Having a career and kids is a challenge, no doubt about it. These are the days you need to be kind to yourself and know that you’re doing the best you can, the next day will be different.
I ate a lot of chocolate when I wrote. I eat a lot of chocolate now. My point being, indulge now and then.
8. There were days I could not write.
I was upset, I was tired, I was too busy, I was taking everybody’s temperature including my own.
Days like that even if you can’t write, read the last thing you wrote. Keep a toe dipped into the world you have created. Sometimes a day’s space and reflection can be as valuable as the writing itself and reveals all sorts of things. Shades of the novel not seen before, holes in the novel, character flaws.
Even if the writing doesn’t happen, keep your head in the space.
9. If your life feels more responsible than before, more monotonous than before, more restrictive than before don’t feel this will affect your writing, negatively.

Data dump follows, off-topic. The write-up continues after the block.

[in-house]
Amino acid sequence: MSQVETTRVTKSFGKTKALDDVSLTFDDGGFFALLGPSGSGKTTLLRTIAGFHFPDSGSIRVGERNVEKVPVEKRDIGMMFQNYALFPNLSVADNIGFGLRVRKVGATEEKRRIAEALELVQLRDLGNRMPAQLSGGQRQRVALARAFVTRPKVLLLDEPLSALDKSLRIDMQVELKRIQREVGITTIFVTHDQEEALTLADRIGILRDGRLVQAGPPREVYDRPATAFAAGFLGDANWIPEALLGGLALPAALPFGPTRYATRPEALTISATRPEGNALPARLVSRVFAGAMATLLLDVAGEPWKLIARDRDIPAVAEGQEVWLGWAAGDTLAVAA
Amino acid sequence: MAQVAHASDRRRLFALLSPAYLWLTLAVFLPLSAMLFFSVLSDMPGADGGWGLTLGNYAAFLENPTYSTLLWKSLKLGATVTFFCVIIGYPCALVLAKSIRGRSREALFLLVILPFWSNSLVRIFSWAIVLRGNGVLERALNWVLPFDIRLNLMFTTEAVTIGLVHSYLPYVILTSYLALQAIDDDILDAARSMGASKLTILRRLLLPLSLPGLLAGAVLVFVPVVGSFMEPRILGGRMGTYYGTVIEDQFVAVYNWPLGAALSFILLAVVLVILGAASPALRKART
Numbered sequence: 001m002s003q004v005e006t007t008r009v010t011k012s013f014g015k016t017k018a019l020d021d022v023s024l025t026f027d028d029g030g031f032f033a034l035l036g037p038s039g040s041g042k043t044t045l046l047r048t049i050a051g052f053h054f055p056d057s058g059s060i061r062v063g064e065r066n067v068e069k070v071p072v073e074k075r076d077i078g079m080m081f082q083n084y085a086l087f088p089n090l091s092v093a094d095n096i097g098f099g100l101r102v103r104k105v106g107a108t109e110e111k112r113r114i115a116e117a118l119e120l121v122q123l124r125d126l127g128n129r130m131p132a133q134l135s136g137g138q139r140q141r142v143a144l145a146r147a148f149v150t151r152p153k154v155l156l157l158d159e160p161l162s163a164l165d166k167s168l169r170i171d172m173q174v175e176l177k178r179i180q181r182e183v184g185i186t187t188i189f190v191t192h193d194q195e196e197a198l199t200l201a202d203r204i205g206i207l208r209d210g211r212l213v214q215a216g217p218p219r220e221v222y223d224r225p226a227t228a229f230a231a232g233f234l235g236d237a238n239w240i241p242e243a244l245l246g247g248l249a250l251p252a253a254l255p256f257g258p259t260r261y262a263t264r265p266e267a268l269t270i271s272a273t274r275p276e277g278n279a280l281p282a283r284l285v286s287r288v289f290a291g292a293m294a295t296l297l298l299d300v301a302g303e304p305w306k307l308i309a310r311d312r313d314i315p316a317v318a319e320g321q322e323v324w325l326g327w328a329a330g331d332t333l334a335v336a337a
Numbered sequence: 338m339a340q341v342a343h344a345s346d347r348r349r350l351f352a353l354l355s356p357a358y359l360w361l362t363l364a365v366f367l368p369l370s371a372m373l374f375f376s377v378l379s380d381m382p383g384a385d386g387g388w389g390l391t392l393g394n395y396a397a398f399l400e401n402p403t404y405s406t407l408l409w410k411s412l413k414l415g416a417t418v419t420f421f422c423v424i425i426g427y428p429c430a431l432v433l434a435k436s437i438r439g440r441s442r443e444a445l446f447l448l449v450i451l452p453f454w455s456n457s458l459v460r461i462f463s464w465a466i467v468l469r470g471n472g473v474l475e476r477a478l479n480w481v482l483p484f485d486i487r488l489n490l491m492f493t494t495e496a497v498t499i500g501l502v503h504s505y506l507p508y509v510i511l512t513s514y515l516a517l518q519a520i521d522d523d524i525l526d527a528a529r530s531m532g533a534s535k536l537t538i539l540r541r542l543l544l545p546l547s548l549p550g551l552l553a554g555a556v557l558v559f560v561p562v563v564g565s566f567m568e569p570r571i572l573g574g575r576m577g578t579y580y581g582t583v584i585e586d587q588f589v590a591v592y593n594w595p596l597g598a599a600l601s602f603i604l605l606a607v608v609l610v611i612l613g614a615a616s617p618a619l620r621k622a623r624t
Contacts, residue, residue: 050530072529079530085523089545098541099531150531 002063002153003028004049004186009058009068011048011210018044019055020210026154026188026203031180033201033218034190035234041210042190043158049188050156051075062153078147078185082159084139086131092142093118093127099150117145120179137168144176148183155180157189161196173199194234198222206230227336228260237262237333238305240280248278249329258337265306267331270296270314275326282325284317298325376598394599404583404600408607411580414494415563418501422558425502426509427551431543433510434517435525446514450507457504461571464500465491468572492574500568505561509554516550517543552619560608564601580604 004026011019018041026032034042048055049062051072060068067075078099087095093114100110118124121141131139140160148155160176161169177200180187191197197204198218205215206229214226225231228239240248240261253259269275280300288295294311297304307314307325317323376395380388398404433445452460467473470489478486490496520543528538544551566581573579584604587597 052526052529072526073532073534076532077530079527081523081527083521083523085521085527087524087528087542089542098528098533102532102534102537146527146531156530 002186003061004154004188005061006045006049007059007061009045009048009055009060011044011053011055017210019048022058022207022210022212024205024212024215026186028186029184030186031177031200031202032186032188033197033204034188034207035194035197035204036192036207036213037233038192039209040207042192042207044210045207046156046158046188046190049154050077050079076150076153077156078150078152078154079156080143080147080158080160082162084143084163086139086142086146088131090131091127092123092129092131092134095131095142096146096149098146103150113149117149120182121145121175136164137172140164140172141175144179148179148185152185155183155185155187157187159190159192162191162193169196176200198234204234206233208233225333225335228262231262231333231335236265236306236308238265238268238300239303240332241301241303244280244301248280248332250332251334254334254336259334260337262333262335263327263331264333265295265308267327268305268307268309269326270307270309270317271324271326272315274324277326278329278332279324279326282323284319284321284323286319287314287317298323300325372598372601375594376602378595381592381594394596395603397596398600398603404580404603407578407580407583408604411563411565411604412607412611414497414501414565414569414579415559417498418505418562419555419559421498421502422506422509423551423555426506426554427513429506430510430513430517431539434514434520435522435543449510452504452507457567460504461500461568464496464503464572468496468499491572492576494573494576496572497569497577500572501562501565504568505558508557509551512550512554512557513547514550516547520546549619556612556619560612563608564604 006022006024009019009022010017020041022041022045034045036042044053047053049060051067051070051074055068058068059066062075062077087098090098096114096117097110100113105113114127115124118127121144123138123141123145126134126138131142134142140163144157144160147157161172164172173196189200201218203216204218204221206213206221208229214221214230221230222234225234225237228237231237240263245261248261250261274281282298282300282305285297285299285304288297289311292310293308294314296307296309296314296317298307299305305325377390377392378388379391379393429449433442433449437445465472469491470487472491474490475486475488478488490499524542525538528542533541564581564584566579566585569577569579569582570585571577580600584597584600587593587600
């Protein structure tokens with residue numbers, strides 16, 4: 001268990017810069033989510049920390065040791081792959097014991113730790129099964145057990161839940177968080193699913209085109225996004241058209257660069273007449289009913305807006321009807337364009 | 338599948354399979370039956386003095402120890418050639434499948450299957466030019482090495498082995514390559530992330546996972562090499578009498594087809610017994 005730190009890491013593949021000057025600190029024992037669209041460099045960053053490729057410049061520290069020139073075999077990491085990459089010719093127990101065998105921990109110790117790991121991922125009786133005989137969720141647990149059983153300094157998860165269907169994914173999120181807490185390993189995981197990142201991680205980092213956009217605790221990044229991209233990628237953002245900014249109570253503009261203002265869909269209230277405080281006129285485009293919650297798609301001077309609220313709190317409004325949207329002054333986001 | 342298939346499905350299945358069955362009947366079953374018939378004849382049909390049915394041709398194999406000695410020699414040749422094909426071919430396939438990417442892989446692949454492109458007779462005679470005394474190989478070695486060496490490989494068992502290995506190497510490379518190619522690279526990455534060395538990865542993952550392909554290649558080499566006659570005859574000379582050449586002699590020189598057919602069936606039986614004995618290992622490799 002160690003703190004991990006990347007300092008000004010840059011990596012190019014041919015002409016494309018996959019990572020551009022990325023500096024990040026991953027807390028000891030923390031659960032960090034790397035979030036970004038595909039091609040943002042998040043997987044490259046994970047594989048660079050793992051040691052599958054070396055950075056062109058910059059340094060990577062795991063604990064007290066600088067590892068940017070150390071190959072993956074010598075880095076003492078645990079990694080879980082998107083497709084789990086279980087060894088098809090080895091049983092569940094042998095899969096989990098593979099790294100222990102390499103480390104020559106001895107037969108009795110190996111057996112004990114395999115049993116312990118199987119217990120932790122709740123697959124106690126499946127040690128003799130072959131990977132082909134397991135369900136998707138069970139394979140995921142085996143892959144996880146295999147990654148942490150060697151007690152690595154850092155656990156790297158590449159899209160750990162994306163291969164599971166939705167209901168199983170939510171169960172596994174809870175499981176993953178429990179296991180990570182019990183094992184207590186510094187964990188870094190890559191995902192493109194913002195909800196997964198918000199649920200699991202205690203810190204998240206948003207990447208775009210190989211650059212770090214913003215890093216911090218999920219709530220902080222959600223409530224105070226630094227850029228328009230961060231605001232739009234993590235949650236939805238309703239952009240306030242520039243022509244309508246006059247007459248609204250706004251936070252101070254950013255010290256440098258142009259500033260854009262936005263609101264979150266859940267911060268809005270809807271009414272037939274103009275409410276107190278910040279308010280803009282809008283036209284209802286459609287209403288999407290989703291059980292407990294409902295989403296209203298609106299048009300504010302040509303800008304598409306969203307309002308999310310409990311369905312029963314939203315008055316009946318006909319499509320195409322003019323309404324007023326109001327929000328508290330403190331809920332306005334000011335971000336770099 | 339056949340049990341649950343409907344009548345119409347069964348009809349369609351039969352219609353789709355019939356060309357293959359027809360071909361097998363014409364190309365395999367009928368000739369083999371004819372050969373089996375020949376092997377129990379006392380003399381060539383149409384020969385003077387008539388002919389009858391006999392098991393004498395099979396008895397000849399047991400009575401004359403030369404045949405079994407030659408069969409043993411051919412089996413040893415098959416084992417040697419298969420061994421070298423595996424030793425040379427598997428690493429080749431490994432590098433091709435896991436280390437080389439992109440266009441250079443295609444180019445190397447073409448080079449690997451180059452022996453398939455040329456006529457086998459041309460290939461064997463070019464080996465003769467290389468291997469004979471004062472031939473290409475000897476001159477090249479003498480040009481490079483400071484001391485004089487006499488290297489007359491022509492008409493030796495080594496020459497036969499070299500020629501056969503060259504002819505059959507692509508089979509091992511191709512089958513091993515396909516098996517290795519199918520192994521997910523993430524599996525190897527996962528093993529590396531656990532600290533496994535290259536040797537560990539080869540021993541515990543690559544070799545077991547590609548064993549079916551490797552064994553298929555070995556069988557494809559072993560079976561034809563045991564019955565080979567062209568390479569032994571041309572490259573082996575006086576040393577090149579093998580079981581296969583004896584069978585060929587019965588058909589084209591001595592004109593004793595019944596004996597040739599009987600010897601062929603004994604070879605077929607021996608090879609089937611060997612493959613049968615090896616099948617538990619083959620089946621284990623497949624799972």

Quite the opposite. This is when the mind is aching to escape and if you provide a channel you may surprise yourself by tapping into something you had no idea was there.
The Good Enough Mother was written during one of the most difficult times of my life. I wrote to have somewhere else to go. I wrote to escape from my life. How funny that it is with this book that I have had the most success and been brought back into the life I sought to escape from.
10. Try the agents and hopefully you’ll get that three book deal with Harper Collins but IF you don’t, don’t give up.
The world of publishing is changing so fast. I self-published and I would do it again. Chances are, if you’ve committed to being a writer then you can write, have something valuable to say and, maybe more importantly, feel more connected to the world when you are writing.
In today’s world the pressure is big on achieving, on owning, on producing. Yet nothing is as anti-climactic as achievement. The very nature of writing allows us an opportunity to enjoy and learn the value of the process, the journey, the struggle, the story. Children understand this gem of universal happiness and are cursed to become adults and forget it.
Watch your children play and write the same way. Enjoy each moment that day for as much fun as pretending in a make believe world can possibly be and don’t think about tomorrow.
Anoushka Beazley’s novel The Good Enough Mother is available now.